Bladed Articles & Offensive Weapons Consultation

Closed 6 Jan 2017

Opened 6 Oct 2016

Overview

Overarching issues and the context of the guidelines

This consultation seeks views on 3 guidelines; possession of a bladed article/ offensive weapon; threatening with a bladed article/ offensive weapon, and a youth guideline which covers all offences involving bladed articles and offensive weapons.

The principal pieces of legislation for the main offences are the Prevention of Crime Act 1953 and the Criminal Justice Act 1988. In addition the adult guideline covers the offence of unauthorised possession of a knife or offensive weapon in prison which is governed by the Prison Act 1952.

There has been growing concern over recent years about the number of people carrying knives and other weapons on the streets. As Sir Igor Judge (as he then was) said in R v Povey:

Carrying a knife or an offensive weapon without reasonable excuse is a crime which is being committed far too often by far too many people. Every weapon carried about the streets, even if concealed from sight, even if not likely to be or intended to be used, and even if not used represents a threat to public safety and public order. That is because even if concealed, even if carried only for bravado, or from some misguided sense that its use in possible self-defence might arise, it takes but a moment of irritation, drunkenness, anger, perceived insult or something utterly trivial, like a look, for the weapon to be produced. Then we have mayhem and offences of the greatest possible seriousness follow, including murder, manslaughter, grievous bodily harm, wounding and assault. All those offences have victims.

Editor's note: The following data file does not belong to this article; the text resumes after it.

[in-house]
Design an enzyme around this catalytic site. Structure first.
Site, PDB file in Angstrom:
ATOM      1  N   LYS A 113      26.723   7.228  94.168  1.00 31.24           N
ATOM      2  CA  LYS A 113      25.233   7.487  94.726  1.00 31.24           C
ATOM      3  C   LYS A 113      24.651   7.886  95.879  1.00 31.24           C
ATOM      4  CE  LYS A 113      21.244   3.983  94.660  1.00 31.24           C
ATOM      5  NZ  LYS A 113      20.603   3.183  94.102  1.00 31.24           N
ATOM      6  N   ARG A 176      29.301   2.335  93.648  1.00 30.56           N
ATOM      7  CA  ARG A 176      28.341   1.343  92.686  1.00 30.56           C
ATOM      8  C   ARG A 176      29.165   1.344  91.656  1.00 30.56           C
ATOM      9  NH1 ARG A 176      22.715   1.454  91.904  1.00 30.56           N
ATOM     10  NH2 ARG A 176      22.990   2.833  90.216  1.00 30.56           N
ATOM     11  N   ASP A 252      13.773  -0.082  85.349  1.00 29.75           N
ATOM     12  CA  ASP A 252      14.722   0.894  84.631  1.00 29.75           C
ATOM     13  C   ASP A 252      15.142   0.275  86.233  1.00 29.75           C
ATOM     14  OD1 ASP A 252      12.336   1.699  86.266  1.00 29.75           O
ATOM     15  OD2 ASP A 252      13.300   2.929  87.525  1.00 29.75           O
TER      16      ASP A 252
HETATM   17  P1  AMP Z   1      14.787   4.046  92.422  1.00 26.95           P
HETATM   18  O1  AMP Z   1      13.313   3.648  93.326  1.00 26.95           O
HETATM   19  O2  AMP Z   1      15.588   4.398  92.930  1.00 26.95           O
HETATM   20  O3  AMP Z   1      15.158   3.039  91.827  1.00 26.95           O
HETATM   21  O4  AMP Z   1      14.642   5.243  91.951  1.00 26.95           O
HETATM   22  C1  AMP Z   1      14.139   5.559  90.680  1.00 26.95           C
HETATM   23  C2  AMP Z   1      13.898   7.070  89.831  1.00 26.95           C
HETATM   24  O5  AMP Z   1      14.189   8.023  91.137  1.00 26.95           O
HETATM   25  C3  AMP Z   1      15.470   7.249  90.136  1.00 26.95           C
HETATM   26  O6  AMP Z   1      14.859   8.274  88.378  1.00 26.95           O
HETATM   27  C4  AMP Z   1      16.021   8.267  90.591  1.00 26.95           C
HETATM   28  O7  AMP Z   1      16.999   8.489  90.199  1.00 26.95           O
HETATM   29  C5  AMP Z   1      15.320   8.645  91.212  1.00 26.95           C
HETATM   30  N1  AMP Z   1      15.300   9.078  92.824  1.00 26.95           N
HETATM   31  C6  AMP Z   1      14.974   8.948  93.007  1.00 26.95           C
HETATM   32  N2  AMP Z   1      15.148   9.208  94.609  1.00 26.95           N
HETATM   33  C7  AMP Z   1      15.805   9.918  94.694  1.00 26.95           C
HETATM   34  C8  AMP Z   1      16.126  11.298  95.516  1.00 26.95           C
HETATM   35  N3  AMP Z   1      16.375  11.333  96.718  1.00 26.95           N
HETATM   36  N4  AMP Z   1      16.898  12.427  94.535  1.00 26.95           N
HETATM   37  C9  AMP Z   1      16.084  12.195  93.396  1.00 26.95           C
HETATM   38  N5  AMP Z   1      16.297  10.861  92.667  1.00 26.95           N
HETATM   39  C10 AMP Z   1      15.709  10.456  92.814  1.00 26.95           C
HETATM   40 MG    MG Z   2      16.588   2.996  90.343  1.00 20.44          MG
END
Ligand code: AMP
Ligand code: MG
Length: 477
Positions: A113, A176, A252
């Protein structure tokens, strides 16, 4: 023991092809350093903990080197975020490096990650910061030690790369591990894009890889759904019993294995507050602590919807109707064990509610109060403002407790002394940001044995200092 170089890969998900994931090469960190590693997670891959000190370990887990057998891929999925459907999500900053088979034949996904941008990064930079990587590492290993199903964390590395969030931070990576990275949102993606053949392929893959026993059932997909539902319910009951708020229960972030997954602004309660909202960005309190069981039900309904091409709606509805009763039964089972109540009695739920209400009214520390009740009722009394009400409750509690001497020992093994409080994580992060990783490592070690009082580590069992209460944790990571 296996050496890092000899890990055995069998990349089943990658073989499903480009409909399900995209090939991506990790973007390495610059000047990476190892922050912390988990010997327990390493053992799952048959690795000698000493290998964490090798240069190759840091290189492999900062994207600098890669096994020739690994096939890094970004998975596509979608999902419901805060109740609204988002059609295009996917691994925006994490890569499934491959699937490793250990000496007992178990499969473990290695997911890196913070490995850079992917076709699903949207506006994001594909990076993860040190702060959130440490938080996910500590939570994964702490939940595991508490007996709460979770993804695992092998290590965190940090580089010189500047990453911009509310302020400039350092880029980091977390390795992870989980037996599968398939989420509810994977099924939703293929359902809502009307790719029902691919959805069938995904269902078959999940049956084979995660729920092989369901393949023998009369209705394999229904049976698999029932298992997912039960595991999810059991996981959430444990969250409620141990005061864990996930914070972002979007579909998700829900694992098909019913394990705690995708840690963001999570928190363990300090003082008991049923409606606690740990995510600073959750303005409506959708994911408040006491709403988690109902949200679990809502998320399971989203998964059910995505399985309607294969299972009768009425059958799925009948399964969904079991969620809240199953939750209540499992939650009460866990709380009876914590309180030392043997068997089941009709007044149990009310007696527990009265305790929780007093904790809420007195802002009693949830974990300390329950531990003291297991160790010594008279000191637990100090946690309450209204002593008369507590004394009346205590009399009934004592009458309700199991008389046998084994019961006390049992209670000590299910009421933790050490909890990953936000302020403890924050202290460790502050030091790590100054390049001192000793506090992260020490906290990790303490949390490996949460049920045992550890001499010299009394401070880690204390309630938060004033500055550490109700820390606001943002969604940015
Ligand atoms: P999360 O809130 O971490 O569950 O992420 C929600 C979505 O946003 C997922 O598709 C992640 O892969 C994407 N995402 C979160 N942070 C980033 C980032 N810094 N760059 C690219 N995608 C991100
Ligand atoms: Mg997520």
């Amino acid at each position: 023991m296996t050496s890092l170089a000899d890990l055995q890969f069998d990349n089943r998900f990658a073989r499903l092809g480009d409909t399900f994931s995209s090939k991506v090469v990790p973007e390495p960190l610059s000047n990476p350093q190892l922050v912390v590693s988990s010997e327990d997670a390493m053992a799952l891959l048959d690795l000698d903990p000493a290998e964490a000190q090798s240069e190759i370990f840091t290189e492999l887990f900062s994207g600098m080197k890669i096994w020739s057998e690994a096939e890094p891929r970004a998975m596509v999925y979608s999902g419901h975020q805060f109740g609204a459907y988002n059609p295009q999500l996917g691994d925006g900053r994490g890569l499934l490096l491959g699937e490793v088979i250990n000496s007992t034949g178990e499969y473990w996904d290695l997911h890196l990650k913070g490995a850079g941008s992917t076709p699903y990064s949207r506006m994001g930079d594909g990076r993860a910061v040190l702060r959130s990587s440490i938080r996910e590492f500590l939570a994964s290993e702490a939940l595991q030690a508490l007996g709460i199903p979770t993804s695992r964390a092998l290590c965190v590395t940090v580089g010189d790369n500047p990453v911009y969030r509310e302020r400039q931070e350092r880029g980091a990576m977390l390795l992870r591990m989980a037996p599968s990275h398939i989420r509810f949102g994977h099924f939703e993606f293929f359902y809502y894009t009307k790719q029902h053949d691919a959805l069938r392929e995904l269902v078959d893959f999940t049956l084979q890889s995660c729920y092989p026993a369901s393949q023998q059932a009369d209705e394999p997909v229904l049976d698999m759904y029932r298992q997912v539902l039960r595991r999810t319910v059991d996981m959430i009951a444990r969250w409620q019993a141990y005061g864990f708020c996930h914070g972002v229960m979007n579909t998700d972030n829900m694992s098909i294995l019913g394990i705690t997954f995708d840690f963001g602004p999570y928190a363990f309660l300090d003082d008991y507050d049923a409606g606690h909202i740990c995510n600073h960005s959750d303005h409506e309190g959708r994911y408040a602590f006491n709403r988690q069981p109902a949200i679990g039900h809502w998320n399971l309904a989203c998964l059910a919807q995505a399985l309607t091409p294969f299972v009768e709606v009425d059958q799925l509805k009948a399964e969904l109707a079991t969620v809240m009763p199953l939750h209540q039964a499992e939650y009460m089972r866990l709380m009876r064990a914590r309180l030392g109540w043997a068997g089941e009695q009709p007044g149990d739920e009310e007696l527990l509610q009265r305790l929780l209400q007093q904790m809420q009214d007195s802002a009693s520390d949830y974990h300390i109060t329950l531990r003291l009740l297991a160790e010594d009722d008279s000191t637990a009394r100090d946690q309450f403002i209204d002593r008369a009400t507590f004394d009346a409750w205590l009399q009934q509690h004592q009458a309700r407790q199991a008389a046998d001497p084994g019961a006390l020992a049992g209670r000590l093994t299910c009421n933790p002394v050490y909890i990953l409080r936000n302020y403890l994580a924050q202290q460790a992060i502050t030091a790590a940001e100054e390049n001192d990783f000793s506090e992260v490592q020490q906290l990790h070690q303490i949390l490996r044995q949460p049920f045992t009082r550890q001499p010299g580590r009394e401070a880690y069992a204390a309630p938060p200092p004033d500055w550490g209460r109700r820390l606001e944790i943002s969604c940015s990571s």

Since 2008 there have been a number of new offences introduced which highlight Parliament’s concern about offences of this kind. The new offences are; possession of bladed articles/ offensive weapons on school premises or in prisons; and the offences of threatening with a bladed article/ offensive weapon in a public place or on school premises. Legislation has also been amended to provide that any offender convicted of a second or further offence will be subject to a mandatory minimum sentence of 6 months for an adult and 4 months’ Detention and Training Order for a youth. In addition the new threatening offences carry a mandatory minimum sentence of the same length.

Applicability of guidelines

In accordance with section 120 of the Coroners and Justice Act 2009, the Sentencing Council issues these draft guidelines.  Following consultation, when the adult definitive guidelines are produced they will apply to all offenders aged 18 and older, who are sentenced on or after the implementation date, regardless of the date of the offence. The separate youth guideline will apply to all offenders aged under 18 who are sentenced on or after the date that the guideline comes into force, regardless of the date of the offence.

Section 125(1) Coroners and Justice Act 2009 provides that when sentencing offences committed after 6 April 2010:

“Every court -

(a) must, in sentencing an offender, follow any sentencing guideline which is relevant to the offender’s case, and

(b) must, in exercising any other function relating to the sentencing of offenders, follow any sentencing guidelines which are relevant to the exercise of the function,

unless the court is satisfied that it would be contrary to the interests of justice to do so.”




[1] R v Povey [2008] EWCA Crim 1261; R v Monteiro & Others [2014] EWCA Crim 747